Date of Award


Document Type

Open Access Thesis

Degree Name

Master of Public Health (MPH)


School of Public Health

First Advisor

Ashley Hagaman

Second Advisor

Kirsty Clark


Background. Suicidal behavior among Black youth is rising in the United States , yet little is known about how Black Youth engage and navigate suicidality. While we know that suicide ideation and death by suicide is decreasing overall among youth in the U.S., incidences of death by suicide are still rising among Black youth. There is very little understanding of what community support is accessible to Black youth who are experiencing suicidality. The present study examines how Black young adults who experienced suicidality in their youth turned to their social support systems and communities for support. Method. Seventeen semi-structured in-depth interviews were conducted between February 2020 and March 2020 with Black young adults [range=18-25] who reported experiencing suicidal thoughts and/or behaviors during their childhood [range=7-17]. Drawing upon a grounded theory approach, the analysis generated themes related to interpersonal relationships and community supports during the youth’s period of suicidality in order to understand their approach to seeking help. Results. Two central themes detailed Black youth’s experience turning to their social support systems while experiencing suicidality. First, participants described how they believed that seeking help would only further isolate them and perhaps even make their life worse. Drawing upon past experiences, both their own and others, Black youth saw that expressing negative emotions could result in getting in trouble with their parents, their friends ostracizing them, or their educators revealing their suicidality to the school or to their parents. Second, participants described a strong sense of responsibility to their communities (e.g., family, peer group, school) and how the interpersonal roles they played in those communities prevented them from disclosing their suicidality and seeking help. Although participants often felt isolated from their communities, they still perceived themselves as integral pieces of them. This dichotomy infused a sense of guilt at the idea of further burdening their communities or leaving their communities to deal with the aftermath of their suicide. Conclusion. We uncovered novel Black youth-specific experiences that were associated with hesitancy to disclose their suicidality, limited help-seeking, and elucidated the impact of community on Black youth’s suicidality. Findings delineate important considerations for suicide prevention messaging and interventions for this understudied and vulnerable population.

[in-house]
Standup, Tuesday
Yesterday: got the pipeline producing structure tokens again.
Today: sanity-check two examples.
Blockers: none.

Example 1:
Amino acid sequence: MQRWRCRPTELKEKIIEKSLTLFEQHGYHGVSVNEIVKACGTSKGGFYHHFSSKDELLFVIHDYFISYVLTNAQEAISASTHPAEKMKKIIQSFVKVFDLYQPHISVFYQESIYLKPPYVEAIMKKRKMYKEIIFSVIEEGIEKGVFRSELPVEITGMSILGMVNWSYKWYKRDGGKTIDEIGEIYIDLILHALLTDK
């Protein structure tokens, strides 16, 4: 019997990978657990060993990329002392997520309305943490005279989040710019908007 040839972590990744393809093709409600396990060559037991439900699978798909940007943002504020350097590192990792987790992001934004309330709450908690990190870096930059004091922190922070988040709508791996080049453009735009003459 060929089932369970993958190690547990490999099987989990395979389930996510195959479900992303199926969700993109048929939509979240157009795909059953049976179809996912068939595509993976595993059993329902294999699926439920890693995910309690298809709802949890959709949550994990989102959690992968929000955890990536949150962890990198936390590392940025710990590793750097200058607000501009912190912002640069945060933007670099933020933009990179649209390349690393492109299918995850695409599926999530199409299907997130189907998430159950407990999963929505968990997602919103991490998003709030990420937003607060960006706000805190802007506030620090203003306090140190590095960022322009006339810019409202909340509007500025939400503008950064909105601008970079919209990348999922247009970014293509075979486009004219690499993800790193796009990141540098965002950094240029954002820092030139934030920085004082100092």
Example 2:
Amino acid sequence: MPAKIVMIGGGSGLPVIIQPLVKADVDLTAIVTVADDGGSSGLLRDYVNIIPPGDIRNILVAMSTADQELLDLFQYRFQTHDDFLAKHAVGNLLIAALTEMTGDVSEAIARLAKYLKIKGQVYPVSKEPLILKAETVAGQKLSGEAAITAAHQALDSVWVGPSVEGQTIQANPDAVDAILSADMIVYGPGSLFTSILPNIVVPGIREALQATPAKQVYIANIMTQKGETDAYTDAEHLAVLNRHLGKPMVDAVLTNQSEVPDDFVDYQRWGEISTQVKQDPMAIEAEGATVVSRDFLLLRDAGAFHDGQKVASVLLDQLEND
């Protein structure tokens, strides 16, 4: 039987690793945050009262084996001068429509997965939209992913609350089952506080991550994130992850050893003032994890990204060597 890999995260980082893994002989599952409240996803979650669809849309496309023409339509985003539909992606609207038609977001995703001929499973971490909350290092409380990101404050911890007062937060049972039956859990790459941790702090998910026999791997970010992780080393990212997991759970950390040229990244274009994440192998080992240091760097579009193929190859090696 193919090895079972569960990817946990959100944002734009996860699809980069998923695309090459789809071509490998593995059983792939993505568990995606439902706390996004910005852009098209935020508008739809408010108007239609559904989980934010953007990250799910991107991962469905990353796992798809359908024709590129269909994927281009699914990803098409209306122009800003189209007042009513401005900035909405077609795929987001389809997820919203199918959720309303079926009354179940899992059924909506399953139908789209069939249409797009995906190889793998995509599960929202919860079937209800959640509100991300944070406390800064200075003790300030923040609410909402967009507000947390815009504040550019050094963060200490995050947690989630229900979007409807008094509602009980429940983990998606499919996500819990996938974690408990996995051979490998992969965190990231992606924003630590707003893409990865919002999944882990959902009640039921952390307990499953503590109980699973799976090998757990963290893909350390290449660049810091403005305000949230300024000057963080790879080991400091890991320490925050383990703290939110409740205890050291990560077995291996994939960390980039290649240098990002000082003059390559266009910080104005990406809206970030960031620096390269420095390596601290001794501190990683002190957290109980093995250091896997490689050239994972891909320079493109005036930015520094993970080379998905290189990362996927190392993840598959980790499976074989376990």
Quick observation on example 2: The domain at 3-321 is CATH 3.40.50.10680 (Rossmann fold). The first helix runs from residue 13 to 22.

Open Access

This Article is Open Access

Included in

Public Health Commons